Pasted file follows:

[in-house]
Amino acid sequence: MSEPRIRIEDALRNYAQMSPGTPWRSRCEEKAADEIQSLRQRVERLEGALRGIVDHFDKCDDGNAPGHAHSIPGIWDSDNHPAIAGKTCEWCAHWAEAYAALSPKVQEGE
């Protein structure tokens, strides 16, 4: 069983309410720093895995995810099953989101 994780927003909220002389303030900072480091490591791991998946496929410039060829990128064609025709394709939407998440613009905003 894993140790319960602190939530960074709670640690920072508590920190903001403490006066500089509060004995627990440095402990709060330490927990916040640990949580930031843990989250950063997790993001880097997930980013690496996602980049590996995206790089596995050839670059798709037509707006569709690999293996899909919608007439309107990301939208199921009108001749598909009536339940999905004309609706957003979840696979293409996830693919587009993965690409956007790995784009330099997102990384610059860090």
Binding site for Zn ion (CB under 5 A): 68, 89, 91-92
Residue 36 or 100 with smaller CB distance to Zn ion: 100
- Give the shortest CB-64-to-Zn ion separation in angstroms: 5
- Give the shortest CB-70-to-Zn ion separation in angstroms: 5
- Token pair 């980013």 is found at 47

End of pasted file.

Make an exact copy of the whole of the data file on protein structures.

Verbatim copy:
[in-house]
Amino acid sequence: MSEPRIRIEDALRNYAQMSPGTPWRSRCEEKAADEIQSLRQRVERLEGALRGIVDHFDKCDDGNAPGHAHSIPGIWDSDNHPAIAGKTCEWCAHWAEAYAALSPKVQEGE
């Protein structure tokens, strides 16, 4: 069983309410720093895995995810099953989101 994780927003909220002389303030900072480091490591791991998946496929410039060829990128064609025709394709939407998440613009905003 894993140790319960602190939530960074709670640690920072508590920190903001403490006066500089509060004995627990440095402990709060330490927990916040640990949580930031843990989250950063997790993001880097997930980013690496996602980049590996995206790089596995050839670059798709037509707006569709690999293996899909919608007439309107990301939208199921009108001749598909009536339940999905004309609706957003979840696979293409996830693919587009993965690409956007790995784009330099997102990384610059860090």
Binding site for Zn ion (CB under 5 A): 68, 89, 91-92
Residue 36 or 100 with smaller CB distance to Zn ion: 100
- Give the shortest CB-64-to-Zn ion separation in angstroms: 5
- Give the shortest CB-70-to-Zn ion separation in angstroms: 5
- Token pair 């980013």 is found at 47